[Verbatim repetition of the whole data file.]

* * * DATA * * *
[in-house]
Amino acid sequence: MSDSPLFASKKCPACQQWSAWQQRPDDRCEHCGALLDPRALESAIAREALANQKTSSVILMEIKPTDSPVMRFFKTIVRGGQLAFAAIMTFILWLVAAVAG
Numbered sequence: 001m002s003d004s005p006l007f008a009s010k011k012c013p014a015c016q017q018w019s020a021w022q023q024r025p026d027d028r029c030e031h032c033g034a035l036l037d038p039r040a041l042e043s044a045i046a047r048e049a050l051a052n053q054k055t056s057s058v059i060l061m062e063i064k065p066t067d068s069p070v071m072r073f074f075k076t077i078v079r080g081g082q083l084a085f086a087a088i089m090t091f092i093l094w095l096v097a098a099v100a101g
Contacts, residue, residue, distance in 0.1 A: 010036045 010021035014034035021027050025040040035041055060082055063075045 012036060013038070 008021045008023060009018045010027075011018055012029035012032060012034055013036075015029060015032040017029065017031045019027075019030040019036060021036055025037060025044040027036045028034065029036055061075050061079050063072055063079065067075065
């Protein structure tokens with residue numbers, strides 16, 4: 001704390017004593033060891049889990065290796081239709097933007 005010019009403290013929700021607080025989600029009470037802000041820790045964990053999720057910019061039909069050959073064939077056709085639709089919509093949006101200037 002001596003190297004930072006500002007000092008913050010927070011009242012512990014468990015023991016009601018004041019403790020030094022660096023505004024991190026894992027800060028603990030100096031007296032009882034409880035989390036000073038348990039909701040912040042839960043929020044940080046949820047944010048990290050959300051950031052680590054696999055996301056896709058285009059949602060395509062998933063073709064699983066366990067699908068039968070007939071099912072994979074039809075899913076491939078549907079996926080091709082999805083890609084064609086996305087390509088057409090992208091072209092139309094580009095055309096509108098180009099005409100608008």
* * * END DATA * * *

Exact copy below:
[in-house]
Amino acid sequence: MSDSPLFASKKCPACQQWSAWQQRPDDRCEHCGALLDPRALESAIAREALANQKTSSVILMEIKPTDSPVMRFFKTIVRGGQLAFAAIMTFILWLVAAVAG
Numbered sequence: 001m002s003d004s005p006l007f008a009s010k011k012c013p014a015c016q017q018w019s020a021w022q023q024r025p026d027d028r029c030e031h032c033g034a035l036l037d038p039r040a041l042e043s044a045i046a047r048e049a050l051a052n053q054k055t056s057s058v059i060l061m062e063i064k065p066t067d068s069p070v071m072r073f074f075k076t077i078v079r080g081g082q083l084a085f086a087a088i089m090t091f092i093l094w095l096v097a098a099v100a101g
Contacts, residue, residue, distance in 0.1 A: 010036045 010021035014034035021027050025040040035041055060082055063075045 012036060013038070 008021045008023060009018045010027075011018055012029035012032060012034055013036075015029060015032040017029065017031045019027075019030040019036060021036055025037060025044040027036045028034065029036055061075050061079050063072055063079065067075065
């Protein structure tokens with residue numbers, strides 16, 4: 001704390017004593033060891049889990065290796081239709097933007 005010019009403290013929700021607080025989600029009470037802000041820790045964990053999720057910019061039909069050959073064939077056709085639709089919509093949006101200037 002001596003190297004930072006500002007000092008913050010927070011009242012512990014468990015023991016009601018004041019403790020030094022660096023505004024991190026894992027800060028603990030100096031007296032009882034409880035989390036000073038348990039909701040912040042839960043929020044940080046949820047944010048990290050959300051950031052680590054696999055996301056896709058285009059949602060395509062998933063073709064699983066366990067699908068039968070007939071099912072994979074039809075899913076491939078549907079996926080091709082999805083890609084064609086996305087390509088057409090992208091072209092139309094580009095055309096509108098180009099005409100608008």